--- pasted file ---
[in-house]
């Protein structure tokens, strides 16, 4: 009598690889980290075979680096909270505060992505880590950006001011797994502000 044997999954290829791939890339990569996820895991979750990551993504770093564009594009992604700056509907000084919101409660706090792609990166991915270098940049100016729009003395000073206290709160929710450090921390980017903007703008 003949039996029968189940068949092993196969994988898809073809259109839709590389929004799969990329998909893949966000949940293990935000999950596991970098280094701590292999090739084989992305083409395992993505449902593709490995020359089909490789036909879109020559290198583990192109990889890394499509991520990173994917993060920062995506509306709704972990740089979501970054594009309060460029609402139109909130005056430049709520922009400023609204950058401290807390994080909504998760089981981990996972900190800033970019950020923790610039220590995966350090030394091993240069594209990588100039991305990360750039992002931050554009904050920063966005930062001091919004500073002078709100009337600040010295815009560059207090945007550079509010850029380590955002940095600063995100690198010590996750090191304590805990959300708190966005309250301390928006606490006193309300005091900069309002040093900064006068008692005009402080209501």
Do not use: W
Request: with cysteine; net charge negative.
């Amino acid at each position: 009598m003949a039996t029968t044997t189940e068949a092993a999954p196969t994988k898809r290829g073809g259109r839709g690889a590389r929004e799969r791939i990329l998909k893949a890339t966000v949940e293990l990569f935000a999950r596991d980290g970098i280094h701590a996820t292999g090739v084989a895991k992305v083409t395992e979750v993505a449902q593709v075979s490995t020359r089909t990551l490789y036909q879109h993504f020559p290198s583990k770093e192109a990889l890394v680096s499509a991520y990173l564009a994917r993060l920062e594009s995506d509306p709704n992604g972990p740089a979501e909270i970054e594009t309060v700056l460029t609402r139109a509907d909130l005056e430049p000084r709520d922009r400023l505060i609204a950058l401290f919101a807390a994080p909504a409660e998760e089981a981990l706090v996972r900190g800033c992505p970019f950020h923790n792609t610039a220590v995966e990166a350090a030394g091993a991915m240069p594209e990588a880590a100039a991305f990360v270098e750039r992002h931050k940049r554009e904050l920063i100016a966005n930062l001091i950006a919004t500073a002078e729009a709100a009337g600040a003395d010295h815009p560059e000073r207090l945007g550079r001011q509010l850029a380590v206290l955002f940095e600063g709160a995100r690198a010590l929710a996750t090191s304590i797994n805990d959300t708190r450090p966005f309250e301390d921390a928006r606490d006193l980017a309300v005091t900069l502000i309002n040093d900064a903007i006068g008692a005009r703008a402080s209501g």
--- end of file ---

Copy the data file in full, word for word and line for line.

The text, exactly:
[in-house]
């Protein structure tokens, strides 16, 4: 009598690889980290075979680096909270505060992505880590950006001011797994502000 044997999954290829791939890339990569996820895991979750990551993504770093564009594009992604700056509907000084919101409660706090792609990166991915270098940049100016729009003395000073206290709160929710450090921390980017903007703008 003949039996029968189940068949092993196969994988898809073809259109839709590389929004799969990329998909893949966000949940293990935000999950596991970098280094701590292999090739084989992305083409395992993505449902593709490995020359089909490789036909879109020559290198583990192109990889890394499509991520990173994917993060920062995506509306709704972990740089979501970054594009309060460029609402139109909130005056430049709520922009400023609204950058401290807390994080909504998760089981981990996972900190800033970019950020923790610039220590995966350090030394091993240069594209990588100039991305990360750039992002931050554009904050920063966005930062001091919004500073002078709100009337600040010295815009560059207090945007550079509010850029380590955002940095600063995100690198010590996750090191304590805990959300708190966005309250301390928006606490006193309300005091900069309002040093900064006068008692005009402080209501």
Do not use: W
Request: with cysteine; net charge negative.
């Amino acid at each position: 009598m003949a039996t029968t044997t189940e068949a092993a999954p196969t994988k898809r290829g073809g259109r839709g690889a590389r929004e799969r791939i990329l998909k893949a890339t966000v949940e293990l990569f935000a999950r596991d980290g970098i280094h701590a996820t292999g090739v084989a895991k992305v083409t395992e979750v993505a449902q593709v075979s490995t020359r089909t990551l490789y036909q879109h993504f020559p290198s583990k770093e192109a990889l890394v680096s499509a991520y990173l564009a994917r993060l920062e594009s995506d509306p709704n992604g972990p740089a979501e909270i970054e594009t309060v700056l460029t609402r139109a509907d909130l005056e430049p000084r709520d922009r400023l505060i609204a950058l401290f919101a807390a994080p909504a409660e998760e089981a981990l706090v996972r900190g800033c992505p970019f950020h923790n792609t610039a220590v995966e990166a350090a030394g091993a991915m240069p594209e990588a880590a100039a991305f990360v270098e750039r992002h931050k940049r554009e904050l920063i100016a966005n930062l001091i950006a919004t500073a002078e729009a709100a009337g600040a003395d010295h815009p560059e000073r207090l945007g550079r001011q509010l850029a380590v206290l955002f940095e600063g709160a995100r690198a010590l929710a996750t090191s304590i797994n805990d959300t708190r450090p966005f309250e301390d921390a928006r606490d006193l980017a309300v005091t900069l502000i309002n040093d900064a903007i006068g008692a005009r703008a402080s209501g």